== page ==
If an employee announces a future inability to work in the event
that the employer fails to comply with an unjustified holiday
demand or in the event of other conduct of the employer, this can
represent a good cause ("wichtiger Grund") for
an extraordinary termination of the employment relationship. The
employment contractual obligation to pay due consideration
prohibits the impermissible exertion of pressure. This corresponds
to the previous case law of the Federal Labour Court.
According to a most recently published decision of the Hessian
Regional Labour Court (judgement dated 15 April 2011, docket no. 3
Sa 1126/10), however, this does not automatically apply. The
Hessian Regional Labour Court had to decide in a case where an
employee initially refused to take on courier journeys due to the
fact that this activity would cause him pain and would result in
his absence from work on the following day due to illness. The
plaintiff had indeed only recently returned to work – and
was fit for work according to his doctor's certificate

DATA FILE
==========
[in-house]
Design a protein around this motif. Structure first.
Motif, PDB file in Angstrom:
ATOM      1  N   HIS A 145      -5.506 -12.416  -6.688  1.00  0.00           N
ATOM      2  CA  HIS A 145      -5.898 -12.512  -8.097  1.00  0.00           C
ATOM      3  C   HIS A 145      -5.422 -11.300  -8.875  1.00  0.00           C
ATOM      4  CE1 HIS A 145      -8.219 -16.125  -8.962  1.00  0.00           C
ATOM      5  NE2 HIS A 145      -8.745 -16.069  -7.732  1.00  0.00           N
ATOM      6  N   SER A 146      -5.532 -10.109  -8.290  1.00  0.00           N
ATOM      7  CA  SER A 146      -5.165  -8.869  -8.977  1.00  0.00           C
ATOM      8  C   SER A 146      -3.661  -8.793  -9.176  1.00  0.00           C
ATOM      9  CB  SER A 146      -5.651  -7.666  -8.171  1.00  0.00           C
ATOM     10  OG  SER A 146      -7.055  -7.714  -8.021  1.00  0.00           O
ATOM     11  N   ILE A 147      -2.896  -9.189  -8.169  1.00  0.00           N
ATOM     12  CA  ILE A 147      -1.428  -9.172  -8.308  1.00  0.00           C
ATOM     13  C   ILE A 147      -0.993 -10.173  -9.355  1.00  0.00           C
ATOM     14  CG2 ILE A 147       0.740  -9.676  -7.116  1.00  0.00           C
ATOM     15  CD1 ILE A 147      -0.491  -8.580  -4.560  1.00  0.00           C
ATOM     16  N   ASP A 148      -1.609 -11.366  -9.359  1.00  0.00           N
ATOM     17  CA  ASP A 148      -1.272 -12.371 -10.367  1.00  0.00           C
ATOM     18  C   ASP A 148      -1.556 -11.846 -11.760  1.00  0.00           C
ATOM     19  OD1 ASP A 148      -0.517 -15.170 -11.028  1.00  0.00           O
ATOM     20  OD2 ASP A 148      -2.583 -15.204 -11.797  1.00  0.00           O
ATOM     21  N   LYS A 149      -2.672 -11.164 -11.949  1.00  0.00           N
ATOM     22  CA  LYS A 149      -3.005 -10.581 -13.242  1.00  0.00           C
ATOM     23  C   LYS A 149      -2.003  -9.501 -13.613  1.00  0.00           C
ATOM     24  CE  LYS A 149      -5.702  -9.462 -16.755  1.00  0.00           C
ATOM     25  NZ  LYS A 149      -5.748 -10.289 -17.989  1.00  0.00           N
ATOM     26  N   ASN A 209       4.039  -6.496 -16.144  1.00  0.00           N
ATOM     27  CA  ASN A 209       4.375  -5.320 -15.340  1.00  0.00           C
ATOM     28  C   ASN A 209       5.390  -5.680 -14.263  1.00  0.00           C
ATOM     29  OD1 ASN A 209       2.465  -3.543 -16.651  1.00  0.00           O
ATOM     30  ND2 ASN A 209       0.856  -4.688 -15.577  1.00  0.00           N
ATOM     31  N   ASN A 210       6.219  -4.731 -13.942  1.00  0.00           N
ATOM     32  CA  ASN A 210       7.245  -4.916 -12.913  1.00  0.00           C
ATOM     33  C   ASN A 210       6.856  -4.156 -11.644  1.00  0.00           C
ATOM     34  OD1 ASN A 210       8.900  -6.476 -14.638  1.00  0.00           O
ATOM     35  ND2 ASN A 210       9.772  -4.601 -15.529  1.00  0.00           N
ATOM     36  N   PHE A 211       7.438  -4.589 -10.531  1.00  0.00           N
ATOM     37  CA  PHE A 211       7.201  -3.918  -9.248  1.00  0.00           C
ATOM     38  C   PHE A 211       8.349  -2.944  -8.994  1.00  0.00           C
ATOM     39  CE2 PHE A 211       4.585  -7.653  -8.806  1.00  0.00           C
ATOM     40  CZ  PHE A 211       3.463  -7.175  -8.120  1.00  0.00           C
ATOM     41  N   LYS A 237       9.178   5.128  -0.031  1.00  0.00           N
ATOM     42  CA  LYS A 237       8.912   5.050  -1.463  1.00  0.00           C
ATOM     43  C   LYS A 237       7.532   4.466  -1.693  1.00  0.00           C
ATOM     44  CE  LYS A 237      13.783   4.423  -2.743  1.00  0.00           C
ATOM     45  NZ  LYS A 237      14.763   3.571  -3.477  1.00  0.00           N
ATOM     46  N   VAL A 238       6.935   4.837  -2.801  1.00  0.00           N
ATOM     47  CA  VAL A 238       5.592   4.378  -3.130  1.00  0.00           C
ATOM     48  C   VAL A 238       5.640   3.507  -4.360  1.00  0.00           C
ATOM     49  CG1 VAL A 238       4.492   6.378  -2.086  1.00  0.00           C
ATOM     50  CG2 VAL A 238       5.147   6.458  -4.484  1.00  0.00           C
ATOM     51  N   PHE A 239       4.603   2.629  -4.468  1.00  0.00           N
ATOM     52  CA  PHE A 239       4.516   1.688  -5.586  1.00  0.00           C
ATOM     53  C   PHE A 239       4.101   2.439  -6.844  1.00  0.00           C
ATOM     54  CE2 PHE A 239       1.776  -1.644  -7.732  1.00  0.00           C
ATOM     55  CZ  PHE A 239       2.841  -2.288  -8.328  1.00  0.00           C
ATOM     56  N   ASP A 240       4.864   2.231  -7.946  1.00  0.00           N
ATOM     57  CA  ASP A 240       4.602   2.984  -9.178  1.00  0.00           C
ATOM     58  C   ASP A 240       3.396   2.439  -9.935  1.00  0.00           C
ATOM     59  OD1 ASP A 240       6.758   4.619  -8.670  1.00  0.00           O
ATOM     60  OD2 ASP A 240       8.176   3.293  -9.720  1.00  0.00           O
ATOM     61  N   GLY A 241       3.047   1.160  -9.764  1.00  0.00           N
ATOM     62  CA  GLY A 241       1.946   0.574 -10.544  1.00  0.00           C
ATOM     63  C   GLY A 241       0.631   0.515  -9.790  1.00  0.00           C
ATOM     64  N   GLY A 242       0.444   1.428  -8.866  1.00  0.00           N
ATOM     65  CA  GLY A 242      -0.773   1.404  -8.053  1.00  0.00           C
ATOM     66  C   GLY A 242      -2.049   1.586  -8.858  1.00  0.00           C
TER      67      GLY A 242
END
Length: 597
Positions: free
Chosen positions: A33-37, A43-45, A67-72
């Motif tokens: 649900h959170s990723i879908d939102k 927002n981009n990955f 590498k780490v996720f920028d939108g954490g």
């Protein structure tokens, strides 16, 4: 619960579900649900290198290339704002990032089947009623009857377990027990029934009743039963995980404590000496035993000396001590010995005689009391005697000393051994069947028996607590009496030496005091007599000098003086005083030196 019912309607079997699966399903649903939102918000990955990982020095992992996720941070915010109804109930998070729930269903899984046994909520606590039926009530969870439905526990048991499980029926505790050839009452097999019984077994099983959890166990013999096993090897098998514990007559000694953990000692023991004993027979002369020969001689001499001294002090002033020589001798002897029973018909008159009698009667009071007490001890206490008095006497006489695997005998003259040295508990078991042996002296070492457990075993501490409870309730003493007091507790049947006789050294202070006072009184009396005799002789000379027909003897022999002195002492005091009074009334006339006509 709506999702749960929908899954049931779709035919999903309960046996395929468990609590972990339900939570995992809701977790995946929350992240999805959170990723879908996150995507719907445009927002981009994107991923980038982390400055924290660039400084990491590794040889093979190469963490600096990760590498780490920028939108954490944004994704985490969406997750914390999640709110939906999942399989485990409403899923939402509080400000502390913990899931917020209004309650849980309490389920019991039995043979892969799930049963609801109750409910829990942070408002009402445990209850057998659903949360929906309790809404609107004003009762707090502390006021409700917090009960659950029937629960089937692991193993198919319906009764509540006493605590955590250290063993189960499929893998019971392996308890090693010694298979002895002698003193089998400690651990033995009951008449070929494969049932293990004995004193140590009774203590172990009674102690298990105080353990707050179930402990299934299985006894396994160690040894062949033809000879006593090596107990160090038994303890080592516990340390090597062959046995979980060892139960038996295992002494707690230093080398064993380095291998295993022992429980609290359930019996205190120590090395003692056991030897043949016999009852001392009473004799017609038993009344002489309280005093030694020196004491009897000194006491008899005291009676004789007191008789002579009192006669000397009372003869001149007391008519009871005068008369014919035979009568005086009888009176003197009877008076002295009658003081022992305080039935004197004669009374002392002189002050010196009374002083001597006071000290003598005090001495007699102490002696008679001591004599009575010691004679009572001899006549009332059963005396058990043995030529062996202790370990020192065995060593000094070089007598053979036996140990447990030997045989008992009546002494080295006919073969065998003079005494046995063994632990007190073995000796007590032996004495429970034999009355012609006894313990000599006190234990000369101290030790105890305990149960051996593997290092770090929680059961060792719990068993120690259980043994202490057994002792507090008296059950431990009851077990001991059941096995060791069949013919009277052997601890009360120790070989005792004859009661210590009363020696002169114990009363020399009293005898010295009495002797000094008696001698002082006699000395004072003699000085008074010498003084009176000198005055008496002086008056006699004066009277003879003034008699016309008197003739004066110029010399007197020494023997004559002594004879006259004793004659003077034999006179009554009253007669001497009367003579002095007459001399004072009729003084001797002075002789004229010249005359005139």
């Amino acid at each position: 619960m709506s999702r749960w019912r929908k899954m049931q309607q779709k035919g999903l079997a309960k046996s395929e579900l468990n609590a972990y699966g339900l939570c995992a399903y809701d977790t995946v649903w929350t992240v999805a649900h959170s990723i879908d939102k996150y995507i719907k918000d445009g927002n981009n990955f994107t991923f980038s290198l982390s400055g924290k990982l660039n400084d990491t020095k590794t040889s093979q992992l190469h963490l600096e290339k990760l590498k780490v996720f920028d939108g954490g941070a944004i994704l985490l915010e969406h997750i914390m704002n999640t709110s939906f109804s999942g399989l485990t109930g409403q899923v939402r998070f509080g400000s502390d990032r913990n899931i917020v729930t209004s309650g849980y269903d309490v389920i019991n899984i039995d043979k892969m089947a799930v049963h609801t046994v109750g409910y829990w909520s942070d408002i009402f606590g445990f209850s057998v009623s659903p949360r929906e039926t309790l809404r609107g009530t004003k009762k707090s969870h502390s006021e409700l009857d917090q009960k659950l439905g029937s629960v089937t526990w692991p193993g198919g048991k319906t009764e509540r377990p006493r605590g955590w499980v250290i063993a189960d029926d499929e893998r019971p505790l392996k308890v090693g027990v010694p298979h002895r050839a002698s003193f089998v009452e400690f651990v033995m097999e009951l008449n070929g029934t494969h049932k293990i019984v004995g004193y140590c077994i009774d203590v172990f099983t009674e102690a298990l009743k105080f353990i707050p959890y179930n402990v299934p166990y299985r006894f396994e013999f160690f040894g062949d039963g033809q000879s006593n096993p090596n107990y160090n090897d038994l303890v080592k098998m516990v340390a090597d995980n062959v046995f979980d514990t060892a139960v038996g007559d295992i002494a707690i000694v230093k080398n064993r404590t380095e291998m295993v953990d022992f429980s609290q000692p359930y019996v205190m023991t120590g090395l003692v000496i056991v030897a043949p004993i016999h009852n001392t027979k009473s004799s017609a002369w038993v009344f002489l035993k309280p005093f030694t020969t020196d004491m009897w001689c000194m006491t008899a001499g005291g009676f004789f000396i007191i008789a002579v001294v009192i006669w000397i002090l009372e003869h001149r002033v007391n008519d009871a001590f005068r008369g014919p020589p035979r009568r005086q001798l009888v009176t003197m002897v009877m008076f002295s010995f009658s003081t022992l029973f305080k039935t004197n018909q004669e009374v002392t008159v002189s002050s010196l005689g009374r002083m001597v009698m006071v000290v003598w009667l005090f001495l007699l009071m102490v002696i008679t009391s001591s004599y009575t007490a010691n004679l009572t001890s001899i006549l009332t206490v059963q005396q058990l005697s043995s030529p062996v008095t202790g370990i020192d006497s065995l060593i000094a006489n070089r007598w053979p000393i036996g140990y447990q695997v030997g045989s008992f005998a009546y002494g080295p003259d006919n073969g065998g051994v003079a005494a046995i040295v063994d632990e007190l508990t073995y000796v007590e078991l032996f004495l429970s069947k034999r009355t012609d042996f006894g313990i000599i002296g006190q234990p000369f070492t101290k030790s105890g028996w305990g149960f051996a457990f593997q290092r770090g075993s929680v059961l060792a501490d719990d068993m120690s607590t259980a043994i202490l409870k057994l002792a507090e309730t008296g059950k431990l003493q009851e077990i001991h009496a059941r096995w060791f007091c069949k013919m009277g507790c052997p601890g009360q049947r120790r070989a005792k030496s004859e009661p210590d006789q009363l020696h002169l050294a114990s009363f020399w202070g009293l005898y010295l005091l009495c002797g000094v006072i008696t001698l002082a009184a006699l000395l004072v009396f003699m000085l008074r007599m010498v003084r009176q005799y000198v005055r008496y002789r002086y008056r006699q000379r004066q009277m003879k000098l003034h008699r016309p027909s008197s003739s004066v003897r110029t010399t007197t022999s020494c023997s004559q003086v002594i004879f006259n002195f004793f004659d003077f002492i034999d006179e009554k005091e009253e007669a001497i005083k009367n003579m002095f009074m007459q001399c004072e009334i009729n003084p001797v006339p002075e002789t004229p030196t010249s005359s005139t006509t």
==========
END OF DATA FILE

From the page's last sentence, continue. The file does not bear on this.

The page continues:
– after several weeks' convalescence due to a slipped
disk. All the same, the employee undertook the courier journeys as
instructed but then called in sick again as of the following day.
The employer took this as grounds to terminate his employment
relationship without notice. The complaint was successful both in
the first and second instances.
In the opinion of the Hessian Regional Labour Court, an
extraordinary termination cannot be justified if the employee was
able to assume at the time of his announcement that if he was
assigned certain tasks his objectively existing primary illness
would deteriorate and he would have to be written off sick again.
Especially if the employer is aware of the primary illness, he may
only understand such an announcement by the employee as an
expression of the employee's fear that a worsening of his
primary illness can be expected. At the same time, the Hessian
Regional Labour Court stressed that the individual circumstances
must always be considered in each case.
This decision shows yet again that the unconditional reason for
termination simply does not exist. Since the Emmely decision of the
Federal Labour Court dated 10 June 2010 (docket no. 2 AZR 541/09)
at the latest, which we already reported on in another issue, the
need to conduct an extensive examination in the individual case has
certainly been highlighted. For employers, the prospects of success
of an extraordinary termination therefore remain difficult to
The content of this article is intended to provide a general
guide to the subject matter. Specialist advice should be sought
about your specific circumstances.
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